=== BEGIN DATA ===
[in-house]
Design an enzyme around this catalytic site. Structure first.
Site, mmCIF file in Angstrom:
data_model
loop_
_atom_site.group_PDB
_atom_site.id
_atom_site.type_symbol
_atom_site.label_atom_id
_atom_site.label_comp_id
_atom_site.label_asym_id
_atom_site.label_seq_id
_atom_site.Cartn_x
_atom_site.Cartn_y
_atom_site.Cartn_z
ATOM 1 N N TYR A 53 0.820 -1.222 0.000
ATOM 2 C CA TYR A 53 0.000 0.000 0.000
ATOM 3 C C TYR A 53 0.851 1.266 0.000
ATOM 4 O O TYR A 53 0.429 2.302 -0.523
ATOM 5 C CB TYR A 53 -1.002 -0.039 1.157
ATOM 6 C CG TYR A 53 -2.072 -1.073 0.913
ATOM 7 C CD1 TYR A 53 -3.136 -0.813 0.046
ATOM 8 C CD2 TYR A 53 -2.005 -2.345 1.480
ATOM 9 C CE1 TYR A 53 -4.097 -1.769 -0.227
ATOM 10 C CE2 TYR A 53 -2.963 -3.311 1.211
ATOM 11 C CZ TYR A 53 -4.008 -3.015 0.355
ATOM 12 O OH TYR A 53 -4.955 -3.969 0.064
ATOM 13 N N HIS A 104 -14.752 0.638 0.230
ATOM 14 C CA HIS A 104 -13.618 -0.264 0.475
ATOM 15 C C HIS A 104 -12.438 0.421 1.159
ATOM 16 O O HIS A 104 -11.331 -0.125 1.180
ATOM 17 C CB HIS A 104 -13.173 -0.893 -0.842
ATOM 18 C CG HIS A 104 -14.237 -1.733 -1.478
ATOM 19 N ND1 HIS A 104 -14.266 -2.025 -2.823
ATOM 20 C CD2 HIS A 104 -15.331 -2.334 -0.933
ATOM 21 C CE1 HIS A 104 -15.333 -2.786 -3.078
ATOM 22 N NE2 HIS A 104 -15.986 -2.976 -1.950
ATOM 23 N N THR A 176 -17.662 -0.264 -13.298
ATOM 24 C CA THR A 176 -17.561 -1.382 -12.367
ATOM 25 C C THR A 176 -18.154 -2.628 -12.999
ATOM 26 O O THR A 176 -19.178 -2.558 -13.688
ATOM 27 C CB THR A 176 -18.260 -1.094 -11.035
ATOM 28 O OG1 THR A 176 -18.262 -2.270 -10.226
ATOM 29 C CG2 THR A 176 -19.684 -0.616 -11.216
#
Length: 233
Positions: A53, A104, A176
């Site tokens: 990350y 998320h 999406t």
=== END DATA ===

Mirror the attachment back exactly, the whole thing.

[in-house]
Design an enzyme around this catalytic site. Structure first.
Site, mmCIF file in Angstrom:
data_model
loop_
_atom_site.group_PDB
_atom_site.id
_atom_site.type_symbol
_atom_site.label_atom_id
_atom_site.label_comp_id
_atom_site.label_asym_id
_atom_site.label_seq_id
_atom_site.Cartn_x
_atom_site.Cartn_y
_atom_site.Cartn_z
ATOM 1 N N TYR A 53 0.820 -1.222 0.000
ATOM 2 C CA TYR A 53 0.000 0.000 0.000
ATOM 3 C C TYR A 53 0.851 1.266 0.000
ATOM 4 O O TYR A 53 0.429 2.302 -0.523
ATOM 5 C CB TYR A 53 -1.002 -0.039 1.157
ATOM 6 C CG TYR A 53 -2.072 -1.073 0.913
ATOM 7 C CD1 TYR A 53 -3.136 -0.813 0.046
ATOM 8 C CD2 TYR A 53 -2.005 -2.345 1.480
ATOM 9 C CE1 TYR A 53 -4.097 -1.769 -0.227
ATOM 10 C CE2 TYR A 53 -2.963 -3.311 1.211
ATOM 11 C CZ TYR A 53 -4.008 -3.015 0.355
ATOM 12 O OH TYR A 53 -4.955 -3.969 0.064
ATOM 13 N N HIS A 104 -14.752 0.638 0.230
ATOM 14 C CA HIS A 104 -13.618 -0.264 0.475
ATOM 15 C C HIS A 104 -12.438 0.421 1.159
ATOM 16 O O HIS A 104 -11.331 -0.125 1.180
ATOM 17 C CB HIS A 104 -13.173 -0.893 -0.842
ATOM 18 C CG HIS A 104 -14.237 -1.733 -1.478
ATOM 19 N ND1 HIS A 104 -14.266 -2.025 -2.823
ATOM 20 C CD2 HIS A 104 -15.331 -2.334 -0.933
ATOM 21 C CE1 HIS A 104 -15.333 -2.786 -3.078
ATOM 22 N NE2 HIS A 104 -15.986 -2.976 -1.950
ATOM 23 N N THR A 176 -17.662 -0.264 -13.298
ATOM 24 C CA THR A 176 -17.561 -1.382 -12.367
ATOM 25 C C THR A 176 -18.154 -2.628 -12.999
ATOM 26 O O THR A 176 -19.178 -2.558 -13.688
ATOM 27 C CB THR A 176 -18.260 -1.094 -11.035
ATOM 28 O OG1 THR A 176 -18.262 -2.270 -10.226
ATOM 29 C CG2 THR A 176 -19.684 -0.616 -11.216
#
Length: 233
Positions: A53, A104, A176
């Site tokens: 990350y 998320h 999406t």